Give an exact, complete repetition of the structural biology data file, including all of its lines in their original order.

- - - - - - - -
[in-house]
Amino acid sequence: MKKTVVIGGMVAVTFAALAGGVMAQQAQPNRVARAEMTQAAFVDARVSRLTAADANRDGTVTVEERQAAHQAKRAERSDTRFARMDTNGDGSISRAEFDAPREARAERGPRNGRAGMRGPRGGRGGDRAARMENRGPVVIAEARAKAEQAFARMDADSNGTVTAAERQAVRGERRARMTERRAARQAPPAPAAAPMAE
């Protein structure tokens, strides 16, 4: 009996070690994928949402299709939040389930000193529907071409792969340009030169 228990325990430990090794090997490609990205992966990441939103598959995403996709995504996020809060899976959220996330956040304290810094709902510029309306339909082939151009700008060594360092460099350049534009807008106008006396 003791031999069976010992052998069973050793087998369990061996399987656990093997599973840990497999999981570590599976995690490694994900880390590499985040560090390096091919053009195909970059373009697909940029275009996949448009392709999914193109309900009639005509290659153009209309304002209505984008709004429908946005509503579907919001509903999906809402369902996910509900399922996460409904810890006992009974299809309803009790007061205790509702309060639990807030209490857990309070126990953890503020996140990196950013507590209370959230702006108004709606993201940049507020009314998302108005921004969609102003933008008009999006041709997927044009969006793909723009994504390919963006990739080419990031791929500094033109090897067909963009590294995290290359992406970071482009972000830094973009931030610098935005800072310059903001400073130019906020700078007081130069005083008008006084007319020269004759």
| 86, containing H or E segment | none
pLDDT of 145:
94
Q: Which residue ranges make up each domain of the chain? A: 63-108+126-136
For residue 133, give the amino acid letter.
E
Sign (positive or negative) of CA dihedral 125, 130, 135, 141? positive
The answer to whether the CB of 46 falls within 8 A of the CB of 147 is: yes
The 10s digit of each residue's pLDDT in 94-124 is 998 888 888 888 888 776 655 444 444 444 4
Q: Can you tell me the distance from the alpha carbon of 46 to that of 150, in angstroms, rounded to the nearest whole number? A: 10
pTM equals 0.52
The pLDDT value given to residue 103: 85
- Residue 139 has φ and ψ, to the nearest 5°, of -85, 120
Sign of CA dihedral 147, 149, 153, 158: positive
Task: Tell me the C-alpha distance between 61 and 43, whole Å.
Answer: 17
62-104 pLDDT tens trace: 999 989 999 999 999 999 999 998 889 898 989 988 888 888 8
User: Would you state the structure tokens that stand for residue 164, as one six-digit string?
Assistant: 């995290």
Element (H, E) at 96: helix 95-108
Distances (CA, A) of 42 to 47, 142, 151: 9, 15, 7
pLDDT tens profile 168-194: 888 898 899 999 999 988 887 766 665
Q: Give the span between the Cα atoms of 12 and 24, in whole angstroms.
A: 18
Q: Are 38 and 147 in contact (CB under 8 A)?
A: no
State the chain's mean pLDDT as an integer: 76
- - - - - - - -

[in-house]
Amino acid sequence: MKKTVVIGGMVAVTFAALAGGVMAQQAQPNRVARAEMTQAAFVDARVSRLTAADANRDGTVTVEERQAAHQAKRAERSDTRFARMDTNGDGSISRAEFDAPREARAERGPRNGRAGMRGPRGGRGGDRAARMENRGPVVIAEARAKAEQAFARMDADSNGTVTAAERQAVRGERRARMTERRAARQAPPAPAAAPMAE
């Protein structure tokens, strides 16, 4: 009996070690994928949402299709939040389930000193529907071409792969340009030169 228990325990430990090794090997490609990205992966990441939103598959995403996709995504996020809060899976959220996330956040304290810094709902510029309306339909082939151009700008060594360092460099350049534009807008106008006396 003791031999069976010992052998069973050793087998369990061996399987656990093997599973840990497999999981570590599976995690490694994900880390590499985040560090390096091919053009195909970059373009697909940029275009996949448009392709999914193109309900009639005509290659153009209309304002209505984008709004429908946005509503579907919001509903999906809402369902996910509900399922996460409904810890006992009974299809309803009790007061205790509702309060639990807030209490857990309070126990953890503020996140990196950013507590209370959230702006108004709606993201940049507020009314998302108005921004969609102003933008008009999006041709997927044009969006793909723009994504390919963006990739080419990031791929500094033109090897067909963009590294995290290359992406970071482009972000830094973009931030610098935005800072310059903001400073130019906020700078007081130069005083008008006084007319020269004759």
| 86, containing H or E segment | none
pLDDT of 145:
94
Q: Which residue ranges make up each domain of the chain? A: 63-108+126-136
For residue 133, give the amino acid letter.
E
Sign (positive or negative) of CA dihedral 125, 130, 135, 141? positive
The answer to whether the CB of 46 falls within 8 A of the CB of 147 is: yes
The 10s digit of each residue's pLDDT in 94-124 is 998 888 888 888 888 776 655 444 444 444 4
Q: Can you tell me the distance from the alpha carbon of 46 to that of 150, in angstroms, rounded to the nearest whole number? A: 10
pTM equals 0.52
The pLDDT value given to residue 103: 85
- Residue 139 has φ and ψ, to the nearest 5°, of -85, 120
Sign of CA dihedral 147, 149, 153, 158: positive
Task: Tell me the C-alpha distance between 61 and 43, whole Å.
Answer: 17
62-104 pLDDT tens trace: 999 989 999 999 999 999 999 998 889 898 989 988 888 888 8
User: Would you state the structure tokens that stand for residue 164, as one six-digit string?
Assistant: 């995290």
Element (H, E) at 96: helix 95-108
Distances (CA, A) of 42 to 47, 142, 151: 9, 15, 7
pLDDT tens profile 168-194: 888 898 899 999 999 988 887 766 665
Q: Give the span between the Cα atoms of 12 and 24, in whole angstroms.
A: 18
Q: Are 38 and 147 in contact (CB under 8 A)?
A: no
State the chain's mean pLDDT as an integer: 76